The State’s Spin Machine
Dept of Workforce Development spins job numbers to make Walker look good. Does it matter?
Every few months, Marquette’s Law School sponsors an opinion survey of a sample of Wisconsin voters. Question 7 in this month’s poll asked:
Do you think Wisconsin is creating jobs at a faster rate than most other states, at about the same rate, or is Wisconsin lagging behind other states in job creation?
Rather than asking for an opinion, this question tests voters’ economic knowledge. It has a right answer. As can be seen from the chart below, the correct answer is “lagging behind.”
Clearly, the data doesn’t support either of the other two possible answers. Even if you restricted the data to private-sector jobs, the numbers would change but Wisconsin would still lag behind. Wisconsin’s lagging job growth has been well-publicized both in the press and by partisans of the other side.
Yet almost half (47.5%) of voters willing to hazard an answer gave a wrong one. Of those identifying themselves as Republicans, three-fourths (73.6%) got it wrong. And about a fifth of Republicans believed that Wisconsin is creating jobs faster than most other states.
Why did so many voters—especially Republican voters—pick a wrong answer? Much of the explanation, of course, comes from our human tendency to embrace facts that support our belief system and filter out those that challenge it. Perhaps the placement of the question, immediately following one that asked whether voters approved of Scott Walker, influenced the responses: they may have reinterpreted the question as asking whether Walker was good for the economy.
But the responses may also reflect disinformation offered every month on Wisconsin’s job performance by the state agency charged with releasing the jobs data, the Wisconsin Department of Workforce Development. In its cover letter accompanying the data release, the department tries to select data that puts Wisconsin’s performance in the most favorable light. A few quotes from the June report illustrate the approach:
“Our labor market economists note the seasonally adjusted total nonfarm job gain from May to June of 17,500 is the largest month-to-month gain for any month since April 1992….” This is an example of taking advantage of data volatility stemming from small sample size. Using the same approach, one could argue that the job loss from March to April of 21,900 is the largest month-to-month loss since April 2009, the height of the Great Recession.
“Wisconsin ranked 21st in total private sector jobs created from December 2011 to 2012 with a gain of 32,282.” Using absolute numbers, rather than percentage gains, moves Wisconsin up in the rankings since most states are smaller. Also not mentioned is that this job gain represents a percentage increase of 1.01%, compared to 1.77% for the average American state.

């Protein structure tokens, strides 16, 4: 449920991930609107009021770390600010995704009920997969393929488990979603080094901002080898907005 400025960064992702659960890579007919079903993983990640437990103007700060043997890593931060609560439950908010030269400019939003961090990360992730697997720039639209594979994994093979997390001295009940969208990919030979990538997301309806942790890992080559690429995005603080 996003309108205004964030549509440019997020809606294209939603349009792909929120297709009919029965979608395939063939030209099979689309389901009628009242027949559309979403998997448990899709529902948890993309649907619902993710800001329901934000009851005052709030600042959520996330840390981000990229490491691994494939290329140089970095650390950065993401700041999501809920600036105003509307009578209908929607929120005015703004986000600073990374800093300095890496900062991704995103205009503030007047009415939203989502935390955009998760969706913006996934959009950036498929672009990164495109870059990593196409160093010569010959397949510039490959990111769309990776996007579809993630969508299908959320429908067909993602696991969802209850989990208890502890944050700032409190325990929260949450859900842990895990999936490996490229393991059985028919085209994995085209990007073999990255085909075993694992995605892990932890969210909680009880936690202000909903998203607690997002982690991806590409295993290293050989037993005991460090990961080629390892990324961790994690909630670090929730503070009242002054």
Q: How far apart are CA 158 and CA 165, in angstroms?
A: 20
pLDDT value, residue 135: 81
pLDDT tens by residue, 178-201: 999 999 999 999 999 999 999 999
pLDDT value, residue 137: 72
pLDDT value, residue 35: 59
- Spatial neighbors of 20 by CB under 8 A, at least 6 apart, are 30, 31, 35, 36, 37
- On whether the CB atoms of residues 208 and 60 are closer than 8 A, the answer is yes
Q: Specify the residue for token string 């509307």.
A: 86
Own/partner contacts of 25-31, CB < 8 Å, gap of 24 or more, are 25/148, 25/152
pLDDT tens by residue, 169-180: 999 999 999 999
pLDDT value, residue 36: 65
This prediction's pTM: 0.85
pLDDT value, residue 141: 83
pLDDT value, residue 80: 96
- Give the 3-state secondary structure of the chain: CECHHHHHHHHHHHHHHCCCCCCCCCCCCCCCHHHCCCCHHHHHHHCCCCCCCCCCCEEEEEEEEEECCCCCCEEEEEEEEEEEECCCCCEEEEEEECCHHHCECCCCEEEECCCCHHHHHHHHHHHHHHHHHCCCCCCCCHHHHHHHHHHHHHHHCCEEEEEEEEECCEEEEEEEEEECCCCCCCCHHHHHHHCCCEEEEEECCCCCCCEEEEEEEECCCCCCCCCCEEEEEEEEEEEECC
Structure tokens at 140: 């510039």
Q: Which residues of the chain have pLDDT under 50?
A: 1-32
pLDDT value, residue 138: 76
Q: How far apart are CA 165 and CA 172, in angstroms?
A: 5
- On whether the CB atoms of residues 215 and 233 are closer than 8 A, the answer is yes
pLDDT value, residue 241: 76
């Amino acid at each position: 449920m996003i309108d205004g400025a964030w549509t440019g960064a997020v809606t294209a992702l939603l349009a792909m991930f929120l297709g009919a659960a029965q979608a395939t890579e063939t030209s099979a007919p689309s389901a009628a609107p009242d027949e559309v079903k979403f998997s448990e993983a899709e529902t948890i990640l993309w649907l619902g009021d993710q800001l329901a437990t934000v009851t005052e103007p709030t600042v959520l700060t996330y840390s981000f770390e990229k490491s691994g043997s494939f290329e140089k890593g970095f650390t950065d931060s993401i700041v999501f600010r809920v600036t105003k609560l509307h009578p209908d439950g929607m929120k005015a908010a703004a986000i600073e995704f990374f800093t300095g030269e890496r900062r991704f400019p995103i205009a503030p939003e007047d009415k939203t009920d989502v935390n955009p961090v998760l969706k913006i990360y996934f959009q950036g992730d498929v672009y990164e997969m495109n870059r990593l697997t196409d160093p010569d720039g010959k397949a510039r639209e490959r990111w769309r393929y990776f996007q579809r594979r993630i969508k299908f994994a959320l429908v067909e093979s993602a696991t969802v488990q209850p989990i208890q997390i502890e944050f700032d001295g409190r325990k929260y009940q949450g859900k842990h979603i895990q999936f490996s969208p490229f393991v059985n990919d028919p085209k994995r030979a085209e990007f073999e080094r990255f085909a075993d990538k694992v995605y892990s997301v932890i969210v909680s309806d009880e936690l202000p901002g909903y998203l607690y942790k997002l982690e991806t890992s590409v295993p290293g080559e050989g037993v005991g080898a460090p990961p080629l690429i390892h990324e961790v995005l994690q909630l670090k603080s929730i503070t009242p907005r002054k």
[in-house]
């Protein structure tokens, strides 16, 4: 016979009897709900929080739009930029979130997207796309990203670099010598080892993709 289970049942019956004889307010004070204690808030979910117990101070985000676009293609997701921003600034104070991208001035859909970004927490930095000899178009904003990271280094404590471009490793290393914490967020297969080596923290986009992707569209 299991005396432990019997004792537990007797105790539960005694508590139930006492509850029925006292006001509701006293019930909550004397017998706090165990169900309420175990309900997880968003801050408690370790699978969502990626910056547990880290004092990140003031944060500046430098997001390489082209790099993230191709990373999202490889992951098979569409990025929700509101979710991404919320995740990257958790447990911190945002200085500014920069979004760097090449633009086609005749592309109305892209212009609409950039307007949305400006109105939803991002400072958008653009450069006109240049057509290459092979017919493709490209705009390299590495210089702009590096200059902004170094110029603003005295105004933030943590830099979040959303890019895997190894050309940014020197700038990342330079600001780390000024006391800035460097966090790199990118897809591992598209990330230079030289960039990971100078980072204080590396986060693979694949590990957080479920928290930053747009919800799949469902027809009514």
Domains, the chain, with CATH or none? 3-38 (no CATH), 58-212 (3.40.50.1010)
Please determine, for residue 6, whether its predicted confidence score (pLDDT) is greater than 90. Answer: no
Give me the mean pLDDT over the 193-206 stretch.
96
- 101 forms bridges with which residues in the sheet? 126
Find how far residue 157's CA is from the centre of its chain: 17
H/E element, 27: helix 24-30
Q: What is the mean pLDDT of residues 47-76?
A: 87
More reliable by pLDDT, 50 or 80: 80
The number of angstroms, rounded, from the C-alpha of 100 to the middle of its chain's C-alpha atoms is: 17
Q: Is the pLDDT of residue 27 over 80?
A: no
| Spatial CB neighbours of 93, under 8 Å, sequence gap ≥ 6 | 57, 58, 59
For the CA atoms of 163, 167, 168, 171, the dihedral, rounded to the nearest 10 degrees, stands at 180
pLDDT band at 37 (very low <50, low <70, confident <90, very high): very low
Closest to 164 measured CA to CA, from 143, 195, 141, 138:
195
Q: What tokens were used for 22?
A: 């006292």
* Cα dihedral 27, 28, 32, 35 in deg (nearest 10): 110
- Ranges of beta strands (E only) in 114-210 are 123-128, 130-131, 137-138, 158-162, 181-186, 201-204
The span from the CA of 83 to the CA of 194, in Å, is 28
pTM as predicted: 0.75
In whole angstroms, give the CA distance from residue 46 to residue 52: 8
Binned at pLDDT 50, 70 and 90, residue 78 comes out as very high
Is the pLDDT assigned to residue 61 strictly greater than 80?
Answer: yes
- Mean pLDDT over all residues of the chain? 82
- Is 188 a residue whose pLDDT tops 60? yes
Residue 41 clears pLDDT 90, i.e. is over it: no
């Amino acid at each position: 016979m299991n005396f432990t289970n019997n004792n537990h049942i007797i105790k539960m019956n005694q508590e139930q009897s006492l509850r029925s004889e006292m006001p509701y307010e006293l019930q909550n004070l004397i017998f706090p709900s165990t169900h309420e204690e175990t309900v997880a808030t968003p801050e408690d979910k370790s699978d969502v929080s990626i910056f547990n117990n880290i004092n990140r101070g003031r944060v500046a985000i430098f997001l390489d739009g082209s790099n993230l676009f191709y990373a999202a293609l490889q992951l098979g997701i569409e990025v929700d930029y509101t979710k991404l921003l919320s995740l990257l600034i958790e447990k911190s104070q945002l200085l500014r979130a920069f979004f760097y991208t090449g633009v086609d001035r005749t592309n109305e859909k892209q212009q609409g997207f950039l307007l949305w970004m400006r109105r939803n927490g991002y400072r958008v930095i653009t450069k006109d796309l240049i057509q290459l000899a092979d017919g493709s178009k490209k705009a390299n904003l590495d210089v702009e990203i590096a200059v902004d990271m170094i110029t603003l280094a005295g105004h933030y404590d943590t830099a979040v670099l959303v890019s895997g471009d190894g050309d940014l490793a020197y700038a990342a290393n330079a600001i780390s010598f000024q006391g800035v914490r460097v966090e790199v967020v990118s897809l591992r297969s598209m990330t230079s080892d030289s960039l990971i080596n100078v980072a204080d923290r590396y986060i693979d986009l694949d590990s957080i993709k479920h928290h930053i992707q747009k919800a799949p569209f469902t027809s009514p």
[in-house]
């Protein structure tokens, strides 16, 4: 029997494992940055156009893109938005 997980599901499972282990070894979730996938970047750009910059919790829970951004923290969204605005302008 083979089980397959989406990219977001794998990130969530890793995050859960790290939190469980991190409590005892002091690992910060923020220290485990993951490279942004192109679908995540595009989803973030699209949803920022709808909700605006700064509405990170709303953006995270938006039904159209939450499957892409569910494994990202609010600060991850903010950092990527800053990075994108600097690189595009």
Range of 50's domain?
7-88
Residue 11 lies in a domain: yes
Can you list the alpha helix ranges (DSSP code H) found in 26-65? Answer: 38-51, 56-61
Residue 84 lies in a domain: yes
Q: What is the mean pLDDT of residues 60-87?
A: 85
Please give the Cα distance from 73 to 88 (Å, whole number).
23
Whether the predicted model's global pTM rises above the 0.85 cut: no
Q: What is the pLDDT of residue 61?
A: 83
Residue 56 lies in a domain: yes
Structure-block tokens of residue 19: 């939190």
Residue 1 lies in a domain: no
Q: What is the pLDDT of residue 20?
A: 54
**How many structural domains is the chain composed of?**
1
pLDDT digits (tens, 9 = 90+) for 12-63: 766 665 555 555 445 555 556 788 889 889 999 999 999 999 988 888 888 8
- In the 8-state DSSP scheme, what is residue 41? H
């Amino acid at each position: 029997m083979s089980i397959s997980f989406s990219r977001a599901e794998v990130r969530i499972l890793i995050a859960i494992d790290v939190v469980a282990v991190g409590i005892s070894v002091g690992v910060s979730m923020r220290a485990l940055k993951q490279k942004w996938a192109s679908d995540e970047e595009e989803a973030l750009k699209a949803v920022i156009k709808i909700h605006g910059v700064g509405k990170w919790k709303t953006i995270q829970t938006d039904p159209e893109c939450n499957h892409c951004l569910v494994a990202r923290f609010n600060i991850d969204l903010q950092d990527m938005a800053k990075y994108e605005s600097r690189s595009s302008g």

“Wisconsin’s total private sector job gain outpaces Iowa and jumped 11 spots in percentage of private sector job growth to 33rd highest at 1.4 percent, higher than neighboring Illinois.” Since January 2013, Iowa has gained jobs at a higher rate than Wisconsin, but it is smaller so using absolute numbers gives the advantage to Wisconsin. Illinois has gained at about the same rate as Wisconsin; because it is larger, its absolute gain is larger.
“… Wisconsin gained over 62,000 private sector jobs in the last two years. The private sector job gains under Governor Walker are the best two-year gains under any Governor in over a decade.” The comparison is a mystery to me. There are several two-year periods that beat this number. For example the two-year period that includes Doyle’s last year and Walker’s first had a private sector gain of 63,200.
There are several tricks used here. One is using numbers of jobs when comparing Wisconsin to smaller states such as Iowa and switching to percentage changes when comparing Wisconsin to larger states like Illinois. Another is avoiding any comparison to national job gains. Finally there are numerous comparisons to job losses during the Doyle administration, with no hint that Doyle had the bad luck to be governor when the Great Recession hit. It’s cherry picking of data.
One question is whether a state agency, funded by taxpayers, should be in the business of spinning data for partisan purposes. While I appreciate the secretary’s desire to make his boss look good, there are number of organizations in the private sector that would be happy to take up the task. Instead they let the department do the work for them.
Another is whether people in politics have an obligation to be straight with the people who support them. In this example, those most likely to be misled are supportive of Walker. Among other factors, those less supportive likely get their information from elsewhere. Is it ethical to reward one’s most faithful followers by misleading them?
Finally, ignoring facts can lead to bad public policy. As Daniel Patrick Moynihan observed, “Everyone is entitled to his own opinion, but not his own facts.” In last year’s presidential debates, Mitt Romney had his own version: “You’re entitled, Mr. President, as the president to your own airplane and your own house, but not to your own facts.” If each party feels free to create its own facts, effective solutions to problems such as how to encourage job growth become even more intractable than they already are.